Please consider donating to Behind the Black, by giving either a one-time contribution or a regular subscription, as outlined in the tip jar below. Your support will allow me to continue covering science and culture as I have for the past twenty years, independent and free from any outside influence.


Regular readers can support Behind The Black with a contribution via paypal:


Or with a subscription with regular donations from your Paypal or credit card account:


If Paypal doesn't work for you, you can support Behind The Black directly by sending your donation by check, payable to Robert Zimmerman, to

Behind The Black
c/o Robert Zimmerman
P.O.Box 1262
Cortaro, AZ 85652

Roy Clark & Buck Trent – Dueling Banjos

An evening pause: While the version of this song for the movie Deliverance (1972) was quite good, I really dislike how that film made all country folk look like they were mentally and physically crippled. The portrayal seemed quite bigoted.

This performance, however, just shows us some great banjo playing, the way it should be done.

Pioneer cover

From the press release: From the moment he is handed a possibility of making the first alien contact, Saunders Maxwell decides he will do it, even if doing so takes him through hell and back.

Unfortunately, that is exactly where that journey takes him.

The vision that Zimmerman paints of vibrant human colonies on the Moon, Mars, the asteroids, and beyond, indomitably fighting the harsh lifeless environment of space to build new societies, captures perfectly the emerging space race we see today.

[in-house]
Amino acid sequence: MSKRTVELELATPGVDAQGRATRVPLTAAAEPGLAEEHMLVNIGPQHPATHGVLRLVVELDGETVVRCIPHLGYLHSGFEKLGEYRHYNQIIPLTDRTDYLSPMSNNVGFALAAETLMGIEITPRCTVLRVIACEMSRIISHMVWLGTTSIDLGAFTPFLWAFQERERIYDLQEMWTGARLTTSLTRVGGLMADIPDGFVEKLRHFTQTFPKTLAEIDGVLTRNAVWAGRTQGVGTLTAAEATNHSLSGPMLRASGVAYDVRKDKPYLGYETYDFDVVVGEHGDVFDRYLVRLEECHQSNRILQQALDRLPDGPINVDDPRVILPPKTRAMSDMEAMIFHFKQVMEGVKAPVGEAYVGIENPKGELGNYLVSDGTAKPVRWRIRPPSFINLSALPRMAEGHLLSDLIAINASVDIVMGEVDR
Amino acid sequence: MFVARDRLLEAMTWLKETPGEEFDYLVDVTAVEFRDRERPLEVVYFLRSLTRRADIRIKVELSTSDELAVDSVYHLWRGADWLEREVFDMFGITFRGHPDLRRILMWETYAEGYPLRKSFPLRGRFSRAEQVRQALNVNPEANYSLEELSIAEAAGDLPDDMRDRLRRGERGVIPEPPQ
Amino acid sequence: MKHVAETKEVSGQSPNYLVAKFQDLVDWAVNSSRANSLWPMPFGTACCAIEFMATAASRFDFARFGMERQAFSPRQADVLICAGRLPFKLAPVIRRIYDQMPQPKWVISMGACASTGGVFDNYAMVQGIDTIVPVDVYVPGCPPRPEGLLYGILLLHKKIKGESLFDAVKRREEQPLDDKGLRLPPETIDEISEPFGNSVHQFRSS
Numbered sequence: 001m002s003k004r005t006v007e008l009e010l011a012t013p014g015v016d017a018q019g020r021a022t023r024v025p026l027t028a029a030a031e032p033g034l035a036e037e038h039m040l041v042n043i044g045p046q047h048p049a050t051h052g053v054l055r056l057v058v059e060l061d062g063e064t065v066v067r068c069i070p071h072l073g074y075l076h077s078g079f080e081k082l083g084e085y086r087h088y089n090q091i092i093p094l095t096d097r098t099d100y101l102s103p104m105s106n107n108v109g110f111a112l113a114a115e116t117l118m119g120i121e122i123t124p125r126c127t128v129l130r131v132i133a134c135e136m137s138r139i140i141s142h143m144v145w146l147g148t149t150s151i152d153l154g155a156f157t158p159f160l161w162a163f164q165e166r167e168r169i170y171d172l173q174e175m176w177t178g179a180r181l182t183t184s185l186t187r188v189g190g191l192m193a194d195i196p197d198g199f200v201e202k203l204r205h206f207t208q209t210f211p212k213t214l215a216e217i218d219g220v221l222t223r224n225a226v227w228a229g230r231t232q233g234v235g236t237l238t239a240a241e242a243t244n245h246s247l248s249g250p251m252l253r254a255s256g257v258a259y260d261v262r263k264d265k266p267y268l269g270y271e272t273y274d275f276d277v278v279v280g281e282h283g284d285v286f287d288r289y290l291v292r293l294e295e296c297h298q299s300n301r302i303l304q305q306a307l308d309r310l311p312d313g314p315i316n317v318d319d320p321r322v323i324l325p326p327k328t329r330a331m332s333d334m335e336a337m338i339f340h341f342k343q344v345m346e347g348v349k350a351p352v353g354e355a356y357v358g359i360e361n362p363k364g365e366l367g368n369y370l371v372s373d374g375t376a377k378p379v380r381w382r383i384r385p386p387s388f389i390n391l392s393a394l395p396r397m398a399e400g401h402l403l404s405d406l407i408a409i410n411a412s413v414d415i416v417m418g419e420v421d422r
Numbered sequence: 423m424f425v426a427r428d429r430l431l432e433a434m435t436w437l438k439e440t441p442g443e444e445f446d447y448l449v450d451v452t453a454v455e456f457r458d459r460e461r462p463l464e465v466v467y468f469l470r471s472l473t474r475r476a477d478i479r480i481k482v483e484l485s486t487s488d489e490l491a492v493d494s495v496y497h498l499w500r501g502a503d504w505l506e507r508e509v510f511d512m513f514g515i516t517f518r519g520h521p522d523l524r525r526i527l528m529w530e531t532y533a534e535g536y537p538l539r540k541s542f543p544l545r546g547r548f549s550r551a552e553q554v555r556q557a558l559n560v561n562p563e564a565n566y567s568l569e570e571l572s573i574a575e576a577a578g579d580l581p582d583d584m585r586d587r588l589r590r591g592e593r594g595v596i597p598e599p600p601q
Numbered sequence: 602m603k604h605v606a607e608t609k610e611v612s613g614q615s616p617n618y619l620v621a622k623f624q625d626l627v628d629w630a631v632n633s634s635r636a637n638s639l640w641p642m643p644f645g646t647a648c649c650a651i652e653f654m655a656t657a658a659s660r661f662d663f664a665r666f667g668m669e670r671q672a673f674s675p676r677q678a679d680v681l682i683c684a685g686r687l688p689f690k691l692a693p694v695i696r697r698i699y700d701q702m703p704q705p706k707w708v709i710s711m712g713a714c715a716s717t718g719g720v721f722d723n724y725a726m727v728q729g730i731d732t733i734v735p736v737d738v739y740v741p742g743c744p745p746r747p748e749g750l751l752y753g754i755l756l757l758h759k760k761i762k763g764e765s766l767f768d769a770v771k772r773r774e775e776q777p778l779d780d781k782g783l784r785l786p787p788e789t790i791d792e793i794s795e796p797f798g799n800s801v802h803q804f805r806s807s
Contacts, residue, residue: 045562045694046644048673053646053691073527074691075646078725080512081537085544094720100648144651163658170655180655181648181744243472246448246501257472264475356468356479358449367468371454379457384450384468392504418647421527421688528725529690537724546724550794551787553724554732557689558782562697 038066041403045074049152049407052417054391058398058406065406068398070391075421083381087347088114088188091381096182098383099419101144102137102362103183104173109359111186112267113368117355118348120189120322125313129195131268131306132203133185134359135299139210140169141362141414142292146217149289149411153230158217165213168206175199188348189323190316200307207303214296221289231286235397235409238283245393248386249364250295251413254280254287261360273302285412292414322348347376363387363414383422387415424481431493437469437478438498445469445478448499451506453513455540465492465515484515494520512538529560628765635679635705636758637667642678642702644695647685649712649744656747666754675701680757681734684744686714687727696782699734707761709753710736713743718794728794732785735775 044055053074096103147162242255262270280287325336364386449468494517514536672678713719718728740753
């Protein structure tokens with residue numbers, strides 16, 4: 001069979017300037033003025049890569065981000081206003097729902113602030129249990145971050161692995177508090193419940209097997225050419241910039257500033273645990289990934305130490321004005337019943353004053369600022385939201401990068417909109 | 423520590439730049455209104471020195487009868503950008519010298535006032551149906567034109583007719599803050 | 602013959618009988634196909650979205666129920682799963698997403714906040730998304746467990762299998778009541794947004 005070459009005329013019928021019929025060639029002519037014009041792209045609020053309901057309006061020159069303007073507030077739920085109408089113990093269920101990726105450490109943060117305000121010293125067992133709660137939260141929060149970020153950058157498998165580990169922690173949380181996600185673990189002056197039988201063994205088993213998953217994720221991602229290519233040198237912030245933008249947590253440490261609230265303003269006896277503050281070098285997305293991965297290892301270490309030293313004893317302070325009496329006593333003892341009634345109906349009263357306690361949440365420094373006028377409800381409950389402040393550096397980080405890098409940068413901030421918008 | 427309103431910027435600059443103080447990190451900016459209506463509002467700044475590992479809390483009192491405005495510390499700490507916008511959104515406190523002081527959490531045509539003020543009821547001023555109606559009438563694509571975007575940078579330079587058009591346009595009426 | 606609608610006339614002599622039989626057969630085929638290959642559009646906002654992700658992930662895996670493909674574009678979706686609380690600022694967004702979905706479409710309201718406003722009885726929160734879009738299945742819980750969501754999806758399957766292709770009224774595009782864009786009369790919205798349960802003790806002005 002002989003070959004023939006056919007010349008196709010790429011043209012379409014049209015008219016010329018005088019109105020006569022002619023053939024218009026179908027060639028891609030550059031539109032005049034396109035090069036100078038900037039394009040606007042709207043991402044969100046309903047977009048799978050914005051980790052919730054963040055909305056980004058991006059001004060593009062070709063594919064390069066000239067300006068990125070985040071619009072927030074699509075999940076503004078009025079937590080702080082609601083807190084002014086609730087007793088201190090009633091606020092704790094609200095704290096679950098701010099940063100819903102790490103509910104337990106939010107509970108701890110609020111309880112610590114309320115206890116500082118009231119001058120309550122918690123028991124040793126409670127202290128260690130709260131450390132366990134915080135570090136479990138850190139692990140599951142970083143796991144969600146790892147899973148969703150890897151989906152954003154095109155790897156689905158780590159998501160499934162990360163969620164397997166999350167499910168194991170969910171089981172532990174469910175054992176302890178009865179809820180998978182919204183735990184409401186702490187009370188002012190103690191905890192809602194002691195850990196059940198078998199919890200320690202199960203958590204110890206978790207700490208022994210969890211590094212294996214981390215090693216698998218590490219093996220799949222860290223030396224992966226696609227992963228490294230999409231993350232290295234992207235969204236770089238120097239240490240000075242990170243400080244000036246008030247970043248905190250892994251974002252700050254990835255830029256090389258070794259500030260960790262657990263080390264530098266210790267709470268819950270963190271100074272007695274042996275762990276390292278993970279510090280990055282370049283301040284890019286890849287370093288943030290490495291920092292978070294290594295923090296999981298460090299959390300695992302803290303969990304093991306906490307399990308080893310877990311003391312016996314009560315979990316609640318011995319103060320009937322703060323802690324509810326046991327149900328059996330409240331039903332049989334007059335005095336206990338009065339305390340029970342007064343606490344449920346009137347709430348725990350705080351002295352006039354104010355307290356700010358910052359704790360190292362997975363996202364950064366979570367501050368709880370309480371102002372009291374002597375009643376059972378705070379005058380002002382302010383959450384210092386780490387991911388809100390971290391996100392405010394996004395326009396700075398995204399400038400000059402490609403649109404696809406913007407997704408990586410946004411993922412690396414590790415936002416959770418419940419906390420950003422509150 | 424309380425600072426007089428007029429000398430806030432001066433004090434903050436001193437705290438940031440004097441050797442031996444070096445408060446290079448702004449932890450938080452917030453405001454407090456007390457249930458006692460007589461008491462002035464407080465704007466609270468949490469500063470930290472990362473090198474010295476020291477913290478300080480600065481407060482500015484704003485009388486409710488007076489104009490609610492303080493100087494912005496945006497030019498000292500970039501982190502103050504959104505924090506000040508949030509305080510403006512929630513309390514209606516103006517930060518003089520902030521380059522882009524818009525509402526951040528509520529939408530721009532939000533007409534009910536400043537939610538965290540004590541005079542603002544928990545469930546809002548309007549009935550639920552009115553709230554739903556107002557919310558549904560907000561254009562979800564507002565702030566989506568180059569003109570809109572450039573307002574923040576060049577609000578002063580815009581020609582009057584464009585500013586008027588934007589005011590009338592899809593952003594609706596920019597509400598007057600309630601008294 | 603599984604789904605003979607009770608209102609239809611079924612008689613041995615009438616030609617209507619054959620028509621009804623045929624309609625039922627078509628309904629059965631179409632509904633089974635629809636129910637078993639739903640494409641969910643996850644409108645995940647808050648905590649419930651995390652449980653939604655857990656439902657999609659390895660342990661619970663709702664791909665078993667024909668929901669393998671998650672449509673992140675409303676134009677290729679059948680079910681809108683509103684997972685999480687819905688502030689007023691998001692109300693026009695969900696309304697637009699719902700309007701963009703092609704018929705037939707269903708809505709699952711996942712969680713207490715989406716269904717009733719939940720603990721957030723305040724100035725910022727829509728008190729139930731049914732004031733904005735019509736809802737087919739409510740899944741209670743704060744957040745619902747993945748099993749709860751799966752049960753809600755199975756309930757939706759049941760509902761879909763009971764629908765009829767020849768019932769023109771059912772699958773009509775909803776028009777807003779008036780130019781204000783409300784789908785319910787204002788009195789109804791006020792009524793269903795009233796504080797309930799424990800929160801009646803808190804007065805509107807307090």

He also captures in Pioneer the heart of the human spirit, willing to push forward no matter the odds, no matter the cost. It is that spirit that will make the exploration of the heavens possible, forever, into the never-ending future.

Available everywhere for $3.99 (before discount) at amazon, Barnes & Noble, all ebook vendors, or direct from the ebook publisher, ebookit. And if you buy it from ebookit you don't support the big tech companies and I get a bigger cut much sooner.


  • Jwing

    As a kid growig up in Queens, NYC in the 1970’s, I was an oddity because all I wanted to do was play the five string banjo like Earl Scruggs and Steve Martin. The five string banjo is an original America instrument having been adapted from a stringed gourd instrument of the African slaves. I love playing a truly American instrument and musical form, Bluegrass.

    Dueling Banjos is a tour de force song and I have not seen this particular clip from “Hee Haw” in years. Thank you.

  • Surprised those two didn’t set off the sprinkler system.

    As Steve Martin demonstrated, you can’t be unhappy playing the banjo.

  • Jwing

    Ha..I still have my vinyl album of Steve Martin’s comedy act and still play it on my turntable. Yes, I’m retro. It was Steve Martin’s banjo virtuosity and his making it look so cool while being a funny man that made me as a kid want to play the banjo. I can still recite his act of singing sad dirge lyrics to the happy plinky-plunk of his banjo….”death…destruction…”plinckity-plunkity. Funny, funny stuff. Nothing political, just goofy, silly comedy at a time in the late seventies when we all needed a boost and a good laugh.

  • TimArth

    Great find!

Readers: the rules for commenting!


No registration is required. I welcome all opinions, even those that strongly criticize my commentary.


However, name-calling and obscenities will not be tolerated. First time offenders who are new to the site will be warned. Second time offenders or first time offenders who have been here awhile will be suspended for a week. After that, I will ban you. Period.


Note also that first time commenters as well as any comment with more than one link will be placed in moderation for my approval. Be patient, I will get to it.

Leave a Reply

Your email address will not be published. Required fields are marked *